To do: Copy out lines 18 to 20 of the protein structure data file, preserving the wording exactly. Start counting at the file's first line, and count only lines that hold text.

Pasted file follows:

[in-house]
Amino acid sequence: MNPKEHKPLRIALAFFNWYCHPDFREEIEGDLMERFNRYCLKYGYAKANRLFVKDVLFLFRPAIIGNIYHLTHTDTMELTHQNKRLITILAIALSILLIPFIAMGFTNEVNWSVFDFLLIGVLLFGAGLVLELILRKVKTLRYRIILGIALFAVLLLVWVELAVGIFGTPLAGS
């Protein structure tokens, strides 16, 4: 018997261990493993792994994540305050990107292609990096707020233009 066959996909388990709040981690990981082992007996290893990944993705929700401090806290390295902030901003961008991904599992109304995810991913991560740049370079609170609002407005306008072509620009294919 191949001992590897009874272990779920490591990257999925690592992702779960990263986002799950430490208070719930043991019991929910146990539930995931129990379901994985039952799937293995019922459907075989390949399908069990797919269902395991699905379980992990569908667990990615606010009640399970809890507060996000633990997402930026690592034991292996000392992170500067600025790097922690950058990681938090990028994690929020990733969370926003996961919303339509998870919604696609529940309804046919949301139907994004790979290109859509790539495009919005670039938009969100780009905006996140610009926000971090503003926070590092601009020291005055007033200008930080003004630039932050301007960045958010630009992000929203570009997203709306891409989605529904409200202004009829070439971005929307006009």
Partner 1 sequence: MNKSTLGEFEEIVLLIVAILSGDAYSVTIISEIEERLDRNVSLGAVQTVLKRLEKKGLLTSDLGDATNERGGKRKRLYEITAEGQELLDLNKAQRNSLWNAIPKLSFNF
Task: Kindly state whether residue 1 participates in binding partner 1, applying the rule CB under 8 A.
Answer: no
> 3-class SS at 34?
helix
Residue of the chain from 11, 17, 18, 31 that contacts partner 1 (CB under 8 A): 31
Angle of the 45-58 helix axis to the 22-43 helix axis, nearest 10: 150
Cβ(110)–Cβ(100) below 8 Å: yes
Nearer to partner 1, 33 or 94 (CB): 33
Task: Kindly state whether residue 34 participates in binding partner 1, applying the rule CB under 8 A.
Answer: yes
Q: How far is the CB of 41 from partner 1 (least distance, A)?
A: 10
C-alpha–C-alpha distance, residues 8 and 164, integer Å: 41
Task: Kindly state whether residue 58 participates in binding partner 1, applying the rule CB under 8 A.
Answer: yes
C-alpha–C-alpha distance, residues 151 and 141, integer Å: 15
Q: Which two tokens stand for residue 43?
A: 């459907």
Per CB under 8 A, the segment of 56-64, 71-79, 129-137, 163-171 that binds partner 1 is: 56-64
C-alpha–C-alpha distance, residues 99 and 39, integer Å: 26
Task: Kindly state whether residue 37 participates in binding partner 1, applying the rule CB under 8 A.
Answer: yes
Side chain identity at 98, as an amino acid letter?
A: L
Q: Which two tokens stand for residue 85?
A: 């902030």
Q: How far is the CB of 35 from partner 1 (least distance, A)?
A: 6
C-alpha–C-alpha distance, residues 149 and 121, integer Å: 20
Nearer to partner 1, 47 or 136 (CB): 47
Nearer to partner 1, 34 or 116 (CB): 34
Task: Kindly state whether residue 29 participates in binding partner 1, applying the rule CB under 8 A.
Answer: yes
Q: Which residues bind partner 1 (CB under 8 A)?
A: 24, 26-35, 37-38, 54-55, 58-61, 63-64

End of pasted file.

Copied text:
Task: Kindly state whether residue 58 participates in binding partner 1, applying the rule CB under 8 A.
Answer: yes
C-alpha–C-alpha distance, residues 151 and 141, integer Å: 15